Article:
Why We Love Posting on Facebook

Brad M. Griffin | May 29, 2012

Weve written before that Facebook has the power to make us miserable and in fact can cause sadness in college students. But why do we keep going back? Especially for teenagers, why is social media so compellingsome say even addictive?

A recent Harvard study suggests these outlets are like brain candy, in that using social media actually triggers pleasure centers of the brain. According to the LA Times overview,

In a series of experiments, the researchers found that the act of disclosing information about oneself activates the same sensation of pleasure in the brain that we get from eating food, getting money or having sex[O]ur brain considers self-disclosure to be a rewarding experience.

Note this study isnt actually about using Facebook, but taps into one of the key features of social media: talking about ourselves.

Other research points to the ways our brains are wired to connect with others, and that perhaps its this connection (whether or not we talk about ourselves) that is so important. But connecting virtually can dull our drive to connect in person. Reflecting on the ways social media seems to be sucking usyoung and old alikeinto its grip, blogger David Rock wonders:

Throughout history, whenever a new technology emerged that dramatically changed how people interacted, it took time for our human practices to catch up. When the automobile first came out, people would drive at all speeds, in every direction. Eventually road rules and speed limits were put in place, and the world was a safer place. Facebook per se is not evil, just as cars are not evil. However our relationship with the automobile is safer overall with some rules in place, combined with good driver education.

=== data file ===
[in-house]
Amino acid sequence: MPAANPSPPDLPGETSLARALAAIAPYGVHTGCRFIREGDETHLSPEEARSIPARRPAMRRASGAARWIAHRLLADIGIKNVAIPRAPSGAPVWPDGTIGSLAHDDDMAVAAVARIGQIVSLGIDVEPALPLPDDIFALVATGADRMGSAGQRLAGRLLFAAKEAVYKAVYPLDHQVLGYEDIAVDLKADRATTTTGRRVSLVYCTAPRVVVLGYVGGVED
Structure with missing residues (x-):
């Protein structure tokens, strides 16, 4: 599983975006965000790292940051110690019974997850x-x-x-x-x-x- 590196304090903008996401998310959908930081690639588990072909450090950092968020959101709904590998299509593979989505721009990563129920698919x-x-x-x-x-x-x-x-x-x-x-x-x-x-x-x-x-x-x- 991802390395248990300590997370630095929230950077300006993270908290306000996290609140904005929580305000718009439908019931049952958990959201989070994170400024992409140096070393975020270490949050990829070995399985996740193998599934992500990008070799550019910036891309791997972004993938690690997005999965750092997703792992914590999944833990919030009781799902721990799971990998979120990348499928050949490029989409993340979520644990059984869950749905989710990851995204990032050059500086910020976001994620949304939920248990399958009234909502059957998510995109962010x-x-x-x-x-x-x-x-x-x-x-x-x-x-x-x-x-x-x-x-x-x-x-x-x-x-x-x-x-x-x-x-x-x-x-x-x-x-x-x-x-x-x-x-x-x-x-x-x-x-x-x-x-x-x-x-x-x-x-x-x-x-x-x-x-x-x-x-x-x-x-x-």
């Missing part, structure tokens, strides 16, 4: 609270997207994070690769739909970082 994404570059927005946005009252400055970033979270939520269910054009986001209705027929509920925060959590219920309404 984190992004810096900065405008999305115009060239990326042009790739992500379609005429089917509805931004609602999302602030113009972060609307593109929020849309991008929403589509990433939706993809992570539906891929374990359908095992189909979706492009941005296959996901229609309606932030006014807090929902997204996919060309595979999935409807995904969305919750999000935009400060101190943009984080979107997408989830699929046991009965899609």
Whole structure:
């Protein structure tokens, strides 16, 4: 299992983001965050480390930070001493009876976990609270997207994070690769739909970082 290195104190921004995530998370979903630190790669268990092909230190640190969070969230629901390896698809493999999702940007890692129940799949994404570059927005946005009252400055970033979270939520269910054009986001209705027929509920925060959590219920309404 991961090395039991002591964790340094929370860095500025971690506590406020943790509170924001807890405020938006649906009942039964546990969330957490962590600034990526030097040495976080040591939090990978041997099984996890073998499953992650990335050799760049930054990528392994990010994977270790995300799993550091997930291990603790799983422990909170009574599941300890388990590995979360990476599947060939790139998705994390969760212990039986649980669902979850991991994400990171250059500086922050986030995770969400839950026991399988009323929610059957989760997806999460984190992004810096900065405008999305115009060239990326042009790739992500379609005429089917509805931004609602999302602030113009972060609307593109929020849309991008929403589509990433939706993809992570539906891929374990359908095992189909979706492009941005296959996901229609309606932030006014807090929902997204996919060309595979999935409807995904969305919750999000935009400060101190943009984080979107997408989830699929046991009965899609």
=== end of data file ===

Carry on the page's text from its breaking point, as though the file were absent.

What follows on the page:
Perhaps we need to start thinking about some road rules and speed limits for social media use. This is certainly important for our kids, whose self-regulation circuits are just forming. However given that self regulation is not one of our strong suits in modern society, perhaps we all need a better understanding of the impact of this new tool on our very ability to think.

Now theres something to think about. I love this article by therapist Rhett Smith helping us think critically about creating boundaries around social media in our lives. What do you think?

Brad M. Griffin

Brad M. Griffin is the Senior Director of Content for the Fuller Youth Institute, where he develops research-based training for youth workers and parents. A speaker, writer, and volunteer youth pastor, Brad is the coauthor of over a dozen books, including 3 Big Questions That Change Every Teenager, Faith in an Anxious World, Growing Young, several Sticky Faith books, Every Parent’s Guide to Navigating Our Digital World, and Can I Ask That? Brad and his family live in Southern California, where he serves as Pastor of Youth and Family Ministries at Mountainside Communion.

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